As Halloween approaches, it’s time for HR professionals to reflect on the often nightmarish legal situations they face. Clare Gilroy-Scott, Katee Dias and Emily Kearsey consider four scary scenarios.
1. Sensitivity around sexual harassment
An employee has resigned claiming she was sexually harassed. The business has accepted her settlement offer and has tasked you with drawing up her settlement agreement and also taking steps to try and reduce the likelihood of this situation happening again. How do you go about this?
When drafting her settlement agreement there are various special considerations to bear in mind because sexual harassment has been alleged.
Firstly, any confidentiality provisions need to be carefully drafted and it’s advisable not to stop the employee from making various disclosures, such as reporting the situation to the police.
Secondly, there are some provisions that simply would not be appropriate in the circumstances. For example, the employee shouldn’t have to warrant that her complaints have been satisfactorily concluded.
Thirdly, be more patient than usual when waiting for her to return the signed agreement.
To help ensure situations like this are not repeated, you should:
- take grievances (and also any rumours/grumbles) of sexual harassment very seriously. Even though these claims are being settled, you should still investigate allegations and, if you conclude that there is a case to answer, start a disciplinary process against the alleged harasser(s);
- implement (or update) your equal opportunities and anti-bullying and harassment policies, plus make sure that all your employees are aware of and understand them; and
- train managers and other senior members of staff so that they can recognise and deal appropriately with sexual harassment.
2. Covert recording complexity
Picture the scene: you’ve discovered that an employee secretly recorded a confidential discussion between himself and HR. Has he committed gross misconduct (meaning that you can immediately dismiss him without any notice)?
A recent Employment Appeal Tribunal case, Phoenix House Ltd v Stockman, grappled with this very question and decided that the answer will depend on the specific circumstances, including:
- Was the employee manipulative, seeking to entrap his employer or a vulnerable employee simply seeking to keep an accurate record of the discussion?
- Was he told not to make such a recording or was he asked and then he lied about making it? Or was he a distressed individual who scarcely thought about culpability?
- Did the meeting concern just that employee and would a record normally be kept anyway? Compare that to a meeting containing sensitive information about the employer generally or other employees too.
- Is a prohibition on covert recordings included in the employer’s disciplinary rules?
In the case mentioned above, it was held to be ordinary misconduct, despite the employer arguing that it should be treated as gross misconduct.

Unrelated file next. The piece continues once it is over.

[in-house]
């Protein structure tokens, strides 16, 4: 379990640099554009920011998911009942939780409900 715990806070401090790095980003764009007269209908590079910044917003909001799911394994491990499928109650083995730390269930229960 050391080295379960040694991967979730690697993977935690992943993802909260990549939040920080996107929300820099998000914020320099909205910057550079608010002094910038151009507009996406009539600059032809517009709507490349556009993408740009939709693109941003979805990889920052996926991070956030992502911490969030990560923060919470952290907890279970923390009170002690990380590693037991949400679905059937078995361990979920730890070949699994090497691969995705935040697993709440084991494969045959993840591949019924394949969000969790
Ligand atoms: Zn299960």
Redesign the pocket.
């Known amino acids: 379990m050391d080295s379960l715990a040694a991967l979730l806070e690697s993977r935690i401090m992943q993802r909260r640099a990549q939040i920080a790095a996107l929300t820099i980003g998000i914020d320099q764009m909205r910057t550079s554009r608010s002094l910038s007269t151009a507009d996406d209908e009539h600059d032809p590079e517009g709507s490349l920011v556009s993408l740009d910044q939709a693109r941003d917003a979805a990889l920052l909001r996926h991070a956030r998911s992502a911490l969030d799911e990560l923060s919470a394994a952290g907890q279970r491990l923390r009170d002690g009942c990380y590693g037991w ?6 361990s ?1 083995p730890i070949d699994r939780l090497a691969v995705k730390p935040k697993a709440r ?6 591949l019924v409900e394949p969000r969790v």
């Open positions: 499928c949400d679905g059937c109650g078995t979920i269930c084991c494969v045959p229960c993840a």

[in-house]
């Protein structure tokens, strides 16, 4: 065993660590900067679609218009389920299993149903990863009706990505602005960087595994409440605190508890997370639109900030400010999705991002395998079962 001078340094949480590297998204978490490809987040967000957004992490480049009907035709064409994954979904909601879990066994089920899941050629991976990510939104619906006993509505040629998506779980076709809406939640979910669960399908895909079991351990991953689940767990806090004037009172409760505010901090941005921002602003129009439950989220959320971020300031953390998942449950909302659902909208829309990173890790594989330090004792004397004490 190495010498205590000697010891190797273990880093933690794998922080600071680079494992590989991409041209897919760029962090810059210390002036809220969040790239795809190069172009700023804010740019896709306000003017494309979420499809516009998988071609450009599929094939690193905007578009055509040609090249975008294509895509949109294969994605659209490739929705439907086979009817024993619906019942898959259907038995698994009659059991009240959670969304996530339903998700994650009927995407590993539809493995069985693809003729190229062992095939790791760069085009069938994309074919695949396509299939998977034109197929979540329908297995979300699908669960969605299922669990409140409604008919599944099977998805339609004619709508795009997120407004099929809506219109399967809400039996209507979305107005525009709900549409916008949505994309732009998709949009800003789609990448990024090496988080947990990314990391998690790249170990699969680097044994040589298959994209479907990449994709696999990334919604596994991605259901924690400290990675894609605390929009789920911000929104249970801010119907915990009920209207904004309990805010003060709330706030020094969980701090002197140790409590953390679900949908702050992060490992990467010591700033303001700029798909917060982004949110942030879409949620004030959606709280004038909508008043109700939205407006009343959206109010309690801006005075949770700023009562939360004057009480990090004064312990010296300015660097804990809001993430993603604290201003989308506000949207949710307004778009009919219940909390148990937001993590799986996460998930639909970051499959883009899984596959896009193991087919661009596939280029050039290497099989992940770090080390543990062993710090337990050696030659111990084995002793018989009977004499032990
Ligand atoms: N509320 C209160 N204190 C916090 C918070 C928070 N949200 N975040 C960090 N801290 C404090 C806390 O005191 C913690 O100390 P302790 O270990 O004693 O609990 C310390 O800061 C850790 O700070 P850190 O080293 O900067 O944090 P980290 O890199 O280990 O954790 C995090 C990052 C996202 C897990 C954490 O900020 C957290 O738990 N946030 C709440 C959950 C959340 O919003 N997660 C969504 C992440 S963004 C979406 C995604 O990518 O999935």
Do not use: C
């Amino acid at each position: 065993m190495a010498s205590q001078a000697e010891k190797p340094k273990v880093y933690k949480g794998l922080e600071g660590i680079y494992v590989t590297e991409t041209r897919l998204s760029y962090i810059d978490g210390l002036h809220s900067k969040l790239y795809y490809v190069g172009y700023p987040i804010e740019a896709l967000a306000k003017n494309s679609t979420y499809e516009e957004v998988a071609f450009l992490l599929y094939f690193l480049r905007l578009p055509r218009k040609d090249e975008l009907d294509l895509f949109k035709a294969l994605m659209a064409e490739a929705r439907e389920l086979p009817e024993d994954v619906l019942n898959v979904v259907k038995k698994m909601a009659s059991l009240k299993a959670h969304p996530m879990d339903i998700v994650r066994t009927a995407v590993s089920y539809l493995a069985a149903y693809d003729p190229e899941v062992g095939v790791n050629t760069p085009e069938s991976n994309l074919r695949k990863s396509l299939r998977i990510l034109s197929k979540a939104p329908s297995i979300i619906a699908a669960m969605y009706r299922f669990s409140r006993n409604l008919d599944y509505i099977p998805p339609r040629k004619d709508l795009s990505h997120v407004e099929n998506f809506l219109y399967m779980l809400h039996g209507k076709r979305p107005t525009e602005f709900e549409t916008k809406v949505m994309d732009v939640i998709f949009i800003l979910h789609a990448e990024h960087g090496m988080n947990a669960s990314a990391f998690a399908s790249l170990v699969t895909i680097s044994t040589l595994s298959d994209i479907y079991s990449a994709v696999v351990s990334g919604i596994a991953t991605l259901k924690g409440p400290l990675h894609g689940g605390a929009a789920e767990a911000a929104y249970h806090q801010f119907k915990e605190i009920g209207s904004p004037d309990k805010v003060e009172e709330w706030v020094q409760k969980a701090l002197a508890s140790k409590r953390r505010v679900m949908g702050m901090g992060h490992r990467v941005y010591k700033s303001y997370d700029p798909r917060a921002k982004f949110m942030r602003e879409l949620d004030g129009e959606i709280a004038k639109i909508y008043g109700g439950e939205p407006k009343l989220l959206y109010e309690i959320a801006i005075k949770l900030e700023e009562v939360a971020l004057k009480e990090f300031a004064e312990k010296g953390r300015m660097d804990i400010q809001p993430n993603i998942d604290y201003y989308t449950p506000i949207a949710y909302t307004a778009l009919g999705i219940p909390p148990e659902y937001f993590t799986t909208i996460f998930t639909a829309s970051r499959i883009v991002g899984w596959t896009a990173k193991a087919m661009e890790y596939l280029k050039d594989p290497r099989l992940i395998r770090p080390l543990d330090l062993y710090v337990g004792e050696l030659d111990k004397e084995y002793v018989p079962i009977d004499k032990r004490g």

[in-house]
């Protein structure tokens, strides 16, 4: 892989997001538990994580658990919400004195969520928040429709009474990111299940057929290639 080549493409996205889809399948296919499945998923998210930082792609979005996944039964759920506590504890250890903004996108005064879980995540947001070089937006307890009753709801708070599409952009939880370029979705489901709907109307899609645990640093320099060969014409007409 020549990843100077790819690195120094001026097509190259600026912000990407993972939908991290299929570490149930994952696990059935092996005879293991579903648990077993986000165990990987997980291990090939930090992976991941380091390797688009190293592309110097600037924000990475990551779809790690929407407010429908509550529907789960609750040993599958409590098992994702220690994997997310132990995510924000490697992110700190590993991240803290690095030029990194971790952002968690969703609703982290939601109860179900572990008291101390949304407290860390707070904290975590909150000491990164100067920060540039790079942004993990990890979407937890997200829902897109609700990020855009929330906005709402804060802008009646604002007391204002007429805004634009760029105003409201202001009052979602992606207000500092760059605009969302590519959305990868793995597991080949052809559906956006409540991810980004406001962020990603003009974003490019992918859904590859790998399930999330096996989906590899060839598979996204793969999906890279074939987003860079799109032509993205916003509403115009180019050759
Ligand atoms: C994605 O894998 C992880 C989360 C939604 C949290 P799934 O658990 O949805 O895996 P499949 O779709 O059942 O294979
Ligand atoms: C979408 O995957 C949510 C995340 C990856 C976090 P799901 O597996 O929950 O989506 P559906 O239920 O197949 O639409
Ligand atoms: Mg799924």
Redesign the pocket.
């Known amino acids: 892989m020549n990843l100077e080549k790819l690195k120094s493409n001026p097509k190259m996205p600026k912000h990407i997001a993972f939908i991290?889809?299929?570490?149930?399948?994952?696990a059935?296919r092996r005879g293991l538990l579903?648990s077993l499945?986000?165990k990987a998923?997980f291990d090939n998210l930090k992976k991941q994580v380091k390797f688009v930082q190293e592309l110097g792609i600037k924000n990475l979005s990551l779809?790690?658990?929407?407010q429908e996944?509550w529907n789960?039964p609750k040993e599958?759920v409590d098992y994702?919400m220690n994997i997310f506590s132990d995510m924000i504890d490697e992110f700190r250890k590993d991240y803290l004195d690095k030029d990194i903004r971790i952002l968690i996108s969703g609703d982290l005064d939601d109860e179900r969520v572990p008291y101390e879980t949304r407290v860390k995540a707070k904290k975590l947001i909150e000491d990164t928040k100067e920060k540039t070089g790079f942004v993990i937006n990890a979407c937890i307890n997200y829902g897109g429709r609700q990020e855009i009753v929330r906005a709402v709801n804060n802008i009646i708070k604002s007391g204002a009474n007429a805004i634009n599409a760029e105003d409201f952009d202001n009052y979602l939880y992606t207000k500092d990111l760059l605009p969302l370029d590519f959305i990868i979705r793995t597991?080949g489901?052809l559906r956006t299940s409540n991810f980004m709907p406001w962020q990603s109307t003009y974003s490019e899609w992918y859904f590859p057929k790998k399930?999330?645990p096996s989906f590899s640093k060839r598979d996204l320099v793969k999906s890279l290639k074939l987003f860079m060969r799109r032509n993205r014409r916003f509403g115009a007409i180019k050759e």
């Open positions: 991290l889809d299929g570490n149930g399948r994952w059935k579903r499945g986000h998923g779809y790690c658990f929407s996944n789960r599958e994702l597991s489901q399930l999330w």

Key factors included the HR person describing the meeting as “pleasant and in no way confrontational” (indicating that the employee was not seeking to entrap the employer) and the fact that there was nothing in the employer’s disciplinary rules about not taking covert recordings.
3. Holiday humdingers
Employers commonly face queries arising out of part-time working and bank holidays, particularly as the festive season approaches.
The entitlement is 5.6 weeks’ leave per year which equates to 28 days for a full-time employee. There is no automatic entitlement to bank holidays so arrangements over bank holidays must be clearly communicated.
This means that someone working a three-day week would be entitled to three-fifths of the full-time entitlement. If a bank holiday falls on one of their normal working days and the business is closed, they would need to take a day of holiday entitlement.
Compulsory holiday on bank holidays will vary from year to year for part-time workers depending upon when Christmas falls. It can be helpful to let part-time workers know how the bank holidays fall in each holiday year, so they understand how many days they can take.
Employers should also be cognisant of what employees should be paid for a day of holiday as recent case law is clear that variable pay such as overtime and commission should be factored in.
4. Troublesome TUPE
When you are selling a business or a part of a business, what do you do if an employee does not want their employment to transfer under TUPE?
Employees do have the right to object to a transfer. The objection needs to be clearly communicated to either their current employer or the business taking over. No notice is required to be given and the employment will terminate by operation of law on the date of the transfer. An employee who objects is not entitled to contractual or statutory compensation.
In this case, the employer needs to assure itself that the employee is objecting to the TUPE transfer and is not actually resigning. If the individual resigns then his notice period may mean that he is employed on the date of transfer and so transfers automatically to the new employer.
Care should also be taken to ensure that the employee is not resigning and claiming a ‘deemed dismissal’. A deemed dismissal could be on grounds of an alleged repudiatory breach or that it is in response to a substantial change to the employee’s working conditions to their material detriment both of which could lead to claims.
TUPE requires a certain amount of information and consultation. Ensuring you consistently provide clear information about the implications of a TUPE transfer can minimise employee concerns.